In the Islamic juridical context, the one who kills himself commits a major sin and is termed an open sinner (fāsiq) by the jurists (fuqahāʾ) (al-Zaylaʿī, 1895, vol. 1, p. 250). To illustrate this, there is a ḥadīth which mentions that the Prophet refused to pray the ṣalāt al-janāzah (funeral prayer) over the body of a man who had killed himself (al-ʿAynī, n.d., vol. 8, p. 192). Muslim jurists explain that the Prophet’s refusal to pray over that person was meant to impress upon his followers the gravity of the sin of suicide. However, it is to be noted that many Muslim jurists are of the view that suicide does not cause corruption (fasād) within a community in the same way murder or other crimes do. Thus, many scholars argue that, this particular example notwithstanding, a person who commits suicide must still receive a proper ghusl (ritual bath) and funeral prayer. These scholars note that while the Prophet refused to pray in this case, nowhere is it mentioned that the companions of the Prophet also abstained (Ibn ʿĀbidīn, 1992, vol. 2, p. 212).

Assisted Suicide

The suffering which a terminal patient undergoes can sometimes be the reason given for physician-assisted suicide (PAS). In other words, the role of the physician is to provide the means of ending the life of the patient, and the patient in turn completes the act (Mason, et. al., 2002, p. 535). According to Sachedina (2009, p. 98) in Islamic theological parlance all forms of suffering, including illness, serve two purposes: “(a) a form of punishment that expiates sins and (b) they are a test and trial to confirm or reinforce a believer’s spiritual status.” In fact, the Qurʾān (2:155–156 and 29:2) alludes to the trials that human beings would be subjected to, but reassures humans that they would not be taxed beyond what they can bear (2:286). In the ḥadīth literature, Muslims are cautioned against wishing for death in the midst of experiencing trials and tribulations (Ṣaḥīḥ al-Bukhārī, “Kitāb al-Ṭibb,” vol. 3, p. 156).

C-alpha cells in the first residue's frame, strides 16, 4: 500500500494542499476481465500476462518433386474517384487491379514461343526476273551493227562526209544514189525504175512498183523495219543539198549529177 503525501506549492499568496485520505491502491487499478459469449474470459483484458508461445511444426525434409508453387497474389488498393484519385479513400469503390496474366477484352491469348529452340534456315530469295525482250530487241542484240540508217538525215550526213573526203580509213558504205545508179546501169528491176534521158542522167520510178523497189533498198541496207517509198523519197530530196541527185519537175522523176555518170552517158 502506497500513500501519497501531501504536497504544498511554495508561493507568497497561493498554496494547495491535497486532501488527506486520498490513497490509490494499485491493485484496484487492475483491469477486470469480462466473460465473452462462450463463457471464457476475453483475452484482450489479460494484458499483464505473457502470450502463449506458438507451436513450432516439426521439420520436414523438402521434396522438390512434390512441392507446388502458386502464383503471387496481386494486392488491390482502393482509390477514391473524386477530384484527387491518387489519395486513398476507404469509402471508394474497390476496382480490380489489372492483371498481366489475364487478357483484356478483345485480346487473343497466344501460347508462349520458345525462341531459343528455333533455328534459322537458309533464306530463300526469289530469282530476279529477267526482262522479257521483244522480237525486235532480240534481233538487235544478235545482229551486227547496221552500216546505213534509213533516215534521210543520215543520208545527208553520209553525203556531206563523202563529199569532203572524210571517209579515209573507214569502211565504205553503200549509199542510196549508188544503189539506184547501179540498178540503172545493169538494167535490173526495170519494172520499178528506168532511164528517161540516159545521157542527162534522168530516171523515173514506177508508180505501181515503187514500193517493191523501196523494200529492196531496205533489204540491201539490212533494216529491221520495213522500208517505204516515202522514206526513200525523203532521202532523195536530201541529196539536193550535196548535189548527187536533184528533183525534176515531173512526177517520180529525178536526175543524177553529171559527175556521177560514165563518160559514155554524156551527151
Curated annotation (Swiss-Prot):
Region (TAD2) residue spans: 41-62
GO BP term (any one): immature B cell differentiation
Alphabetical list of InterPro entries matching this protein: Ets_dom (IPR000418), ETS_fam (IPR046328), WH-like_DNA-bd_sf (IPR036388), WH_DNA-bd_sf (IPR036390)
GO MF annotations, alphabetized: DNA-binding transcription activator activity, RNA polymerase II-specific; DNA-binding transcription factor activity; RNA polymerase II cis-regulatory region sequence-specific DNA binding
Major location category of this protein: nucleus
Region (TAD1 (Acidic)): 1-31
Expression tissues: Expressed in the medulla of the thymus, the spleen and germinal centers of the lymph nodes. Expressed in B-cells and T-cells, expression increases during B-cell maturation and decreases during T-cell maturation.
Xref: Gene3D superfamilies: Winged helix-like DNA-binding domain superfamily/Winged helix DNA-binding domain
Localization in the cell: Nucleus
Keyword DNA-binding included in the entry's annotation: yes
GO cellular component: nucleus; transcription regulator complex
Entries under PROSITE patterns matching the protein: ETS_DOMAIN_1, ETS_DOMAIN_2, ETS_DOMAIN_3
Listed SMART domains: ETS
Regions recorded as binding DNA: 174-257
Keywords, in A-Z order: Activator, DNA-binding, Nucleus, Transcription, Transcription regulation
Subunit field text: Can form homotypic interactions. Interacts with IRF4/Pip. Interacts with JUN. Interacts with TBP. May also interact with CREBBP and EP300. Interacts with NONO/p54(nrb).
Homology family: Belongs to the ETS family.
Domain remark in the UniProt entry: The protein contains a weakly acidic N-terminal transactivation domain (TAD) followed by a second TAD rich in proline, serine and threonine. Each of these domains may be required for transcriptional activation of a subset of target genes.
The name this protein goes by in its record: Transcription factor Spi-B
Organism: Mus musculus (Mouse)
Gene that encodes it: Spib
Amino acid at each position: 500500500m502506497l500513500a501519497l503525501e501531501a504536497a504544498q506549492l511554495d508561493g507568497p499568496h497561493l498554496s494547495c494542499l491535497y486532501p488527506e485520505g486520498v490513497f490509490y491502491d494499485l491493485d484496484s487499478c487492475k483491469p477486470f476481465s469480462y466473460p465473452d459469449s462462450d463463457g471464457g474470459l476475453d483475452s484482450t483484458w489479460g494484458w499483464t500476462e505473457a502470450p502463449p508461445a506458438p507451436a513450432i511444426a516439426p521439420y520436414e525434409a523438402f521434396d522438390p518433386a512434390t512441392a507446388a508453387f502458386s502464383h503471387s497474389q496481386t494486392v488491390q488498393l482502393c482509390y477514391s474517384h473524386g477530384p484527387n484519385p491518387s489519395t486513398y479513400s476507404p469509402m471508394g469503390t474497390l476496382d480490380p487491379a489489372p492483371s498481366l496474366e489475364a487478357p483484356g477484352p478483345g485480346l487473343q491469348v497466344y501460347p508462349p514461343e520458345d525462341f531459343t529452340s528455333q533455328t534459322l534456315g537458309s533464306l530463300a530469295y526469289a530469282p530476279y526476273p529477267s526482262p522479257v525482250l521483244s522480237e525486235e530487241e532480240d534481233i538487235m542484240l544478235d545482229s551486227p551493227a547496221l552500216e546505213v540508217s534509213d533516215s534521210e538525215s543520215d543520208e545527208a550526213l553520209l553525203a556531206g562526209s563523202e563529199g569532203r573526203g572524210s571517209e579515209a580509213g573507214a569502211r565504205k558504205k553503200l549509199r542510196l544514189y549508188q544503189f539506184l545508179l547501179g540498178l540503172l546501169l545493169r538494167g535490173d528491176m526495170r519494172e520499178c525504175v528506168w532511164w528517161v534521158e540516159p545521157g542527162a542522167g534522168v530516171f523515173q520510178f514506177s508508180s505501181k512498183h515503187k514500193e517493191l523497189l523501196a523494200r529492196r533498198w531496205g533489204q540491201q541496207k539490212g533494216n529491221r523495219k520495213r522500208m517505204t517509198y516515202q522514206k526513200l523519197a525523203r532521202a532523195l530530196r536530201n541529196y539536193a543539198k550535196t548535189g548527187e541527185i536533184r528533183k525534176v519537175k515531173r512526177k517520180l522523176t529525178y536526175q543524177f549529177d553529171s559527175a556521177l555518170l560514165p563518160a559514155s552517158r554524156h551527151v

According to the Islamic philosophy of life, there is a transcendental dimension to pain and suffering. The Qurʾān states that those who claim to believe in God will not be left alone after proclaiming their belief, but that they will be tried with affliction (29:2; 2:115–116). There is, therefore, no explicit scriptural justification to end one’s life so as to relieve oneself of pain and suffering.

Contemporary Muslim jurists cite the following ḥadīth to lend support to the view that assisted suicide is a sin: There was a man before you who was wounded. The pain became unbearable and so he took a knife and cut off his hand. Blood began to ooze out profusely leading to his death. Almighty God said: “My servant hastened himself to Me and so I made Paradise unlawful for him” (Karim, 1939, vol. 2, p. 514).

Insofar as PAS is concerned, while it is true that the intention (niyyah) of the physician is beyond the jurisdiction of the court of law, that the physician’s intention cannot escape the ever-watchful supervision of God, a concept that is clearly articulated in the Qurʾān (40:19): “God is aware of the most furtive of glances, and of all that hearts conceal.” Hence, that physician would nevertheless be answerable to God for his/her part in assisting to end the life of a terminally ill patient (Ebrahim, 2008, p. 174).